In The University in Ruins, Bill Readings traces shifting ideas about the university from the writings of Kant and von Humboldt to their "ruins" in a managerial newspeak that prioritizes profitable programs over humanities scholarship and teaching. The author contends that Readings narrates the dehiscence of these ideas in the form of a lament, even as he urges humanities faculty to abandon melancholic fixations on our deteriorating prestige and besieged values. This article recasts Readings's account in light of Paul Ricoeur's explication of the Augustinian lament to speculate about the ontological lineaments of a sense of lost time among human scientists.
A surge of interest among cultural critics and theorists in the conception and literature of melancholy over the last two decades has raised questions about its impetus in and beyond the humanities. In other contexts, I have questioned whether this preoccupation attests to declining morale in the face of changing labor conditions among those teachers and researchers who continue to adopt Bill Readings's The University in Ruins (1996) as a reference point for exchanges about the future of the human sciences in an increasingly corporatized university. (1) Readings's description of the current predicament of the university in general, and the humanities in particular, both criticizes and performs the melancholic presentiments that overdetermine debates about the faltering mission of the liberal arts. What is remarkable about Readings's intervention is that even as it seeks to motivate humanities faculty to forsake despondent fixations on our lost prestige and cultural capital, or our harried intellectual ideals, it, nevertheless, narrates the history of these shifting investments in the form of a lament that presumes the decay of their force and presence over lime. This article recasts The University in Ruins in light of Paul Ricoeur's explication of the form of the Augustinian lament in older to speculate about the ontological lineaments of a melancholic temporality among researchers in the human sciences.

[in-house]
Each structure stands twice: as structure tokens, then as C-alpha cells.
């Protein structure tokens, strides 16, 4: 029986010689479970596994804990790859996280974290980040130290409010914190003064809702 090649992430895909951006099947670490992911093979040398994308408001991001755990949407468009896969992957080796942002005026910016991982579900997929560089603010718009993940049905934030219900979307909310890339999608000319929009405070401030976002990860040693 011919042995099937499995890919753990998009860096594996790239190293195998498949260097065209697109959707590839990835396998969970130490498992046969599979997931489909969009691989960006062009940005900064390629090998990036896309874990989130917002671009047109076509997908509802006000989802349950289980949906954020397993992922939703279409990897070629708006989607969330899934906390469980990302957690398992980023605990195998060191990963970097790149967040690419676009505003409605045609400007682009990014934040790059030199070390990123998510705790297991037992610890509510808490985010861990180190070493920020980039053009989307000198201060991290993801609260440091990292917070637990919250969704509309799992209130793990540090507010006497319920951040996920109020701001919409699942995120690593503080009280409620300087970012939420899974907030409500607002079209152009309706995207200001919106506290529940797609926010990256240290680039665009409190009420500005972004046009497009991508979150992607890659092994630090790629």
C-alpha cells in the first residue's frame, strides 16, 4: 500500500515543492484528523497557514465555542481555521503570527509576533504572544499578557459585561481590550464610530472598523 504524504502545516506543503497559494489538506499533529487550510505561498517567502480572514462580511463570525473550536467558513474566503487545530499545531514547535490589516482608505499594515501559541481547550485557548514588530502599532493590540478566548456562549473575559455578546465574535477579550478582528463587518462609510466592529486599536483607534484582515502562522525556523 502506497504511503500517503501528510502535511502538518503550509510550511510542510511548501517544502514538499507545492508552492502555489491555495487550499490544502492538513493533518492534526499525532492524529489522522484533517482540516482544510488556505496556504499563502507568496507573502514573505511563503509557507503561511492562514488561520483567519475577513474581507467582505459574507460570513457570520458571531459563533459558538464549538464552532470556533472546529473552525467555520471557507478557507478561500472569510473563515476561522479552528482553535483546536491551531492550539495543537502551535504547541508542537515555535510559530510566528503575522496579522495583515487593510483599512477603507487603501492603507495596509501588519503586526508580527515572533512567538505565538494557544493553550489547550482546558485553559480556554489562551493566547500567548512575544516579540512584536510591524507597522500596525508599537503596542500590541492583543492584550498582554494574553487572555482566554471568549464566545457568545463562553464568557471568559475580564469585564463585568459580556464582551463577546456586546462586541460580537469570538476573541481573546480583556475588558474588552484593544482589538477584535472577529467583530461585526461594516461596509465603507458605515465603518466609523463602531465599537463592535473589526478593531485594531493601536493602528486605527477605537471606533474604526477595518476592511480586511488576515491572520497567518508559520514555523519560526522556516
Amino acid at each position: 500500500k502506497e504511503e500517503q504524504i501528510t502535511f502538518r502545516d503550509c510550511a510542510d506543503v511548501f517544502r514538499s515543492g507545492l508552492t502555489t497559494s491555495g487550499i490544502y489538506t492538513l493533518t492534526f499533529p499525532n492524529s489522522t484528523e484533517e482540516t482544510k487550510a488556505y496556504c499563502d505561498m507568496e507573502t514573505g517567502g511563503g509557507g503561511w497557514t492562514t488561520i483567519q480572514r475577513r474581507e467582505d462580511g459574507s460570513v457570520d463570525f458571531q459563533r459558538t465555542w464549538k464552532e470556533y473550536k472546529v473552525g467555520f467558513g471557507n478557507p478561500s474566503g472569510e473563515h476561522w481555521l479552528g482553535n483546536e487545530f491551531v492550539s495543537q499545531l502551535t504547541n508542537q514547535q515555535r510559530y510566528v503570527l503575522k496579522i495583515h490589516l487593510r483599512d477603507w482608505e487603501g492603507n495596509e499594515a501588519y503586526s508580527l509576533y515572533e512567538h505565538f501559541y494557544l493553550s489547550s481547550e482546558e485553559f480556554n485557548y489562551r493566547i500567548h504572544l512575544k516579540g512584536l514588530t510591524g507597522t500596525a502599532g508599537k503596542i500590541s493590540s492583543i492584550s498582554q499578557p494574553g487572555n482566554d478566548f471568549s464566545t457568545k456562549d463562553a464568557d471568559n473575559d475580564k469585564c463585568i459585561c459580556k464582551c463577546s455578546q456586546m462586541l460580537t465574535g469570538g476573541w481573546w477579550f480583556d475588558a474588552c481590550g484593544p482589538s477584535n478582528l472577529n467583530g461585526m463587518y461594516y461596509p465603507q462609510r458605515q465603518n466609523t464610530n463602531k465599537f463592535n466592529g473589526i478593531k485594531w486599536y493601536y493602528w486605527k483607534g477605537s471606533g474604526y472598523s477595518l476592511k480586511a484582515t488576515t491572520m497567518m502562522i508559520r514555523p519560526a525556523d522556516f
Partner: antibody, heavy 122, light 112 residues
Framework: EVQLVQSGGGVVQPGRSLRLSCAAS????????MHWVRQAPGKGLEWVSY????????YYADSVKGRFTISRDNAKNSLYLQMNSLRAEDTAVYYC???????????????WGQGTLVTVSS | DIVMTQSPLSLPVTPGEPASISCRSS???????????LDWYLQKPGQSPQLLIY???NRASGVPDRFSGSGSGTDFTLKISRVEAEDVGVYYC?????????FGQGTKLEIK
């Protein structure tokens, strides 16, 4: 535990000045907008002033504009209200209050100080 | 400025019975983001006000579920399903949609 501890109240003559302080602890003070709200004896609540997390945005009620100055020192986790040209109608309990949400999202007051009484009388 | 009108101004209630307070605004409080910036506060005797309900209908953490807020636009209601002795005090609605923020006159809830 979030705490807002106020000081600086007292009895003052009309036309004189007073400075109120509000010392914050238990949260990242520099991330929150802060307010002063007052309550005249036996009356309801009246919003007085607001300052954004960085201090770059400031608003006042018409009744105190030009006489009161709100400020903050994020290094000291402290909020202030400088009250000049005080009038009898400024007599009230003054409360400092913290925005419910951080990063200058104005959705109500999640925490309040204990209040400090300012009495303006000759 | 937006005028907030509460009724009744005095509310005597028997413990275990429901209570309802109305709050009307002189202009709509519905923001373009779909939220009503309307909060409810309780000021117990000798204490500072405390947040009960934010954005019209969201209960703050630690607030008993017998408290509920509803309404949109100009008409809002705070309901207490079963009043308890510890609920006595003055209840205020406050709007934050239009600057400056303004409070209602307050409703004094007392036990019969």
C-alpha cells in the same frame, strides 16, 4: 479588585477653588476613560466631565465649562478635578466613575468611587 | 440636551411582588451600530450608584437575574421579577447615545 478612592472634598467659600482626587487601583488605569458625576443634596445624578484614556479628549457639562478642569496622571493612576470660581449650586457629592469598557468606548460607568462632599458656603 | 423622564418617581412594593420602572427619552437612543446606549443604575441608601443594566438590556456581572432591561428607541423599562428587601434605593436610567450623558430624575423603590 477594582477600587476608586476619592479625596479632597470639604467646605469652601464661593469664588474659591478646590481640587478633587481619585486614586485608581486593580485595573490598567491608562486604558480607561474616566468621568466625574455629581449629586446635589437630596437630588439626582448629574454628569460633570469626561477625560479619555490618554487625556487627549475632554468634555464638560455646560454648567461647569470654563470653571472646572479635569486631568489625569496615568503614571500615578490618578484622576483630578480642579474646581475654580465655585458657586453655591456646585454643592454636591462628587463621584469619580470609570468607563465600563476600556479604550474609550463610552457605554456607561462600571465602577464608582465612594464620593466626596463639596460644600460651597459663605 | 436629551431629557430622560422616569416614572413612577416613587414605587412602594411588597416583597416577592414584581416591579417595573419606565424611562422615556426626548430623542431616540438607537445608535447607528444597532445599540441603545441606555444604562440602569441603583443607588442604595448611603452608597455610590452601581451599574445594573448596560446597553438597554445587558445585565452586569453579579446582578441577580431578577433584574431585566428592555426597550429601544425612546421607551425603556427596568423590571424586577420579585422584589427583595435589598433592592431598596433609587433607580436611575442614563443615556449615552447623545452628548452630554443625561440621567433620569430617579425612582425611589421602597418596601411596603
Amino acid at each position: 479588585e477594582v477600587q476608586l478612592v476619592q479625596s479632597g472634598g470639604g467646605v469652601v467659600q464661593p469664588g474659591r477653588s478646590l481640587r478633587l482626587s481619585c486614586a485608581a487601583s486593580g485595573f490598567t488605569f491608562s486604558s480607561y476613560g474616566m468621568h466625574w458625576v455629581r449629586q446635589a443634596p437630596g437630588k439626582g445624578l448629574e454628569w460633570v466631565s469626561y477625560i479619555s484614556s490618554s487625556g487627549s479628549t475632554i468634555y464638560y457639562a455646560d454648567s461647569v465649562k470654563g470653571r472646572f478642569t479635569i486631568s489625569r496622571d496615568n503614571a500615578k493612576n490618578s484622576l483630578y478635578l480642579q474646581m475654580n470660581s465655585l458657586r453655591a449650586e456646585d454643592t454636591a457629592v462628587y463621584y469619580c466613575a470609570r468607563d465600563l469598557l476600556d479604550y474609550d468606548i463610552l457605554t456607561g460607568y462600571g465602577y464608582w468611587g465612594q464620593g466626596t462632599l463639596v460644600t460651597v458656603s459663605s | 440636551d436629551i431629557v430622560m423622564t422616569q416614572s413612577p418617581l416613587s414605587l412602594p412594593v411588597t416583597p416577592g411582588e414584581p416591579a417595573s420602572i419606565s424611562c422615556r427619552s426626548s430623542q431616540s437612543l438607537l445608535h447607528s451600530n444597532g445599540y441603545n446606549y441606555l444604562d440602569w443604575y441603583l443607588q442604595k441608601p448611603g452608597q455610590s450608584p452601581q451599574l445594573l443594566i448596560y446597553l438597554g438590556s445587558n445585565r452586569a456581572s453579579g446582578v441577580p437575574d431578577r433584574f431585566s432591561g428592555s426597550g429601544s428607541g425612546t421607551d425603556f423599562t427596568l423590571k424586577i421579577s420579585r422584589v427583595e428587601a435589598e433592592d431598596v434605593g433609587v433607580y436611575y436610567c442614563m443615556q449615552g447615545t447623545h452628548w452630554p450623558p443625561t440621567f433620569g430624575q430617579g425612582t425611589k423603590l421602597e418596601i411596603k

I. Ruined Ideals
Philosophy is hounded by the fear that it loses prestige and validity if it is not a science. Not to be a science is taken as a failing, which is equivalent to being unscientific.... Thinking is judged by a standard that does not measure up to it. Such judgment may be compared to the procedure of trying to evaluate the nature and powers of a fish by seeing how long it can live on dry land.
--Martin Heidegger, "Letter on Humanism" 195
As a young and very naive intellectual, I used to cherish the life of the mind as a higher realm buoyed by the assumption that our society revered the pleasure of learning as an unquestioned asset. Nowadays, it strikes me that only the most earnest among us cling to the prestige of serving as purveyors of enlightenment through reason for its own sake. However, an October 2006 editorial published in the New York Times should quickly lay the last hopes of even these sappiest of optimists to rest. This death knell comes to us in the words of Eugene Hickok, a fellow at the Heritage Foundation and the former deputy secretary of education during President George W. Bush's first term. (2) Hickok complains that President Bush's policy of "no child left behind" should apply to undergraduates whose reading competency and comprehension are declining. He calls for greater accountability from institutions of higher learning in the United States, and for more accurate measures of student achievement. Rather than looking at the under-funded condition of public education as a whole, and the dissipation of reading, he blames impoverished skills on a lazy, entitled faculty who, according to Hickok, decide "what they want to teach and when they want to teach, if indeed, they teach at all." This "is particularly true regarding undergraduate instruction, which is something …